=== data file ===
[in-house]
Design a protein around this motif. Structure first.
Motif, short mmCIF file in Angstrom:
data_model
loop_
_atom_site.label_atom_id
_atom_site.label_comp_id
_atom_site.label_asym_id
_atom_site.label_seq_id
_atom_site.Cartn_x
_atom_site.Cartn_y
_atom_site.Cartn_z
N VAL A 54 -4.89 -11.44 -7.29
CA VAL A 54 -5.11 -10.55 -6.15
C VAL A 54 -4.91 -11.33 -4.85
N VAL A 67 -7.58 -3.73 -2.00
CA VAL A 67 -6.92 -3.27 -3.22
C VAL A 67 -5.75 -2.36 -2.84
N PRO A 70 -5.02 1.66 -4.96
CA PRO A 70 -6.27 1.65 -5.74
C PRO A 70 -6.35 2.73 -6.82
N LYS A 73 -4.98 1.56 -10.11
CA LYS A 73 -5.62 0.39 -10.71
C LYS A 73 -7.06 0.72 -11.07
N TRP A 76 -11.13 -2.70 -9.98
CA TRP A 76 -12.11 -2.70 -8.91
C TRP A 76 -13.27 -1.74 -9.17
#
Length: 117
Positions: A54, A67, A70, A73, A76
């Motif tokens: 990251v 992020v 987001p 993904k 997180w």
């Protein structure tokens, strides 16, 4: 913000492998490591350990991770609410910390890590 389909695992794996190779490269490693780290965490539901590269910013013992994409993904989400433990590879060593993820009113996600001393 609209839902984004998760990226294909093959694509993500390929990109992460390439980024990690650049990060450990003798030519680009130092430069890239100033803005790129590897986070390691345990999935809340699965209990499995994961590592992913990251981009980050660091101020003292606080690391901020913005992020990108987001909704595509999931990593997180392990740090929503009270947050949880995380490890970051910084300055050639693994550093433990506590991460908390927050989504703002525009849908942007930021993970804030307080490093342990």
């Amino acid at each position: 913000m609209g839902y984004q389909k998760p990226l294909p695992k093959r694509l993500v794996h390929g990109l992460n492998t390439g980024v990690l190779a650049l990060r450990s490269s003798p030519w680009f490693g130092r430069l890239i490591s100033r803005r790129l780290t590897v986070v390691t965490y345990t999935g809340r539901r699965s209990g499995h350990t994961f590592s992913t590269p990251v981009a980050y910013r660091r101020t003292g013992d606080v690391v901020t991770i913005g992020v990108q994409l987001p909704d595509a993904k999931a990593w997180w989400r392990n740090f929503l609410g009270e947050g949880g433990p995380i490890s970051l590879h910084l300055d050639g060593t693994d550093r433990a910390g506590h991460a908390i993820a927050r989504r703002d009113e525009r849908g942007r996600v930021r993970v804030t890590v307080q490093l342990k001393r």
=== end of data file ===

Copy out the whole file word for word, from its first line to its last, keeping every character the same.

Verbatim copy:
[in-house]
Design a protein around this motif. Structure first.
Motif, short mmCIF file in Angstrom:
data_model
loop_
_atom_site.label_atom_id
_atom_site.label_comp_id
_atom_site.label_asym_id
_atom_site.label_seq_id
_atom_site.Cartn_x
_atom_site.Cartn_y
_atom_site.Cartn_z
N VAL A 54 -4.89 -11.44 -7.29
CA VAL A 54 -5.11 -10.55 -6.15
C VAL A 54 -4.91 -11.33 -4.85
N VAL A 67 -7.58 -3.73 -2.00
CA VAL A 67 -6.92 -3.27 -3.22
C VAL A 67 -5.75 -2.36 -2.84
N PRO A 70 -5.02 1.66 -4.96
CA PRO A 70 -6.27 1.65 -5.74
C PRO A 70 -6.35 2.73 -6.82
N LYS A 73 -4.98 1.56 -10.11
CA LYS A 73 -5.62 0.39 -10.71
C LYS A 73 -7.06 0.72 -11.07
N TRP A 76 -11.13 -2.70 -9.98
CA TRP A 76 -12.11 -2.70 -8.91
C TRP A 76 -13.27 -1.74 -9.17
#
Length: 117
Positions: A54, A67, A70, A73, A76
């Motif tokens: 990251v 992020v 987001p 993904k 997180w």
């Protein structure tokens, strides 16, 4: 913000492998490591350990991770609410910390890590 389909695992794996190779490269490693780290965490539901590269910013013992994409993904989400433990590879060593993820009113996600001393 609209839902984004998760990226294909093959694509993500390929990109992460390439980024990690650049990060450990003798030519680009130092430069890239100033803005790129590897986070390691345990999935809340699965209990499995994961590592992913990251981009980050660091101020003292606080690391901020913005992020990108987001909704595509999931990593997180392990740090929503009270947050949880995380490890970051910084300055050639693994550093433990506590991460908390927050989504703002525009849908942007930021993970804030307080490093342990």
């Amino acid at each position: 913000m609209g839902y984004q389909k998760p990226l294909p695992k093959r694509l993500v794996h390929g990109l992460n492998t390439g980024v990690l190779a650049l990060r450990s490269s003798p030519w680009f490693g130092r430069l890239i490591s100033r803005r790129l780290t590897v986070v390691t965490y345990t999935g809340r539901r699965s209990g499995h350990t994961f590592s992913t590269p990251v981009a980050y910013r660091r101020t003292g013992d606080v690391v901020t991770i913005g992020v990108q994409l987001p909704d595509a993904k999931a990593w997180w989400r392990n740090f929503l609410g009270e947050g949880g433990p995380i490890s970051l590879h910084l300055d050639g060593t693994d550093r433990a910390g506590h991460a908390i993820a927050r989504r703002d009113e525009r849908g942007r996600v930021r993970v804030t890590v307080q490093l342990k001393r």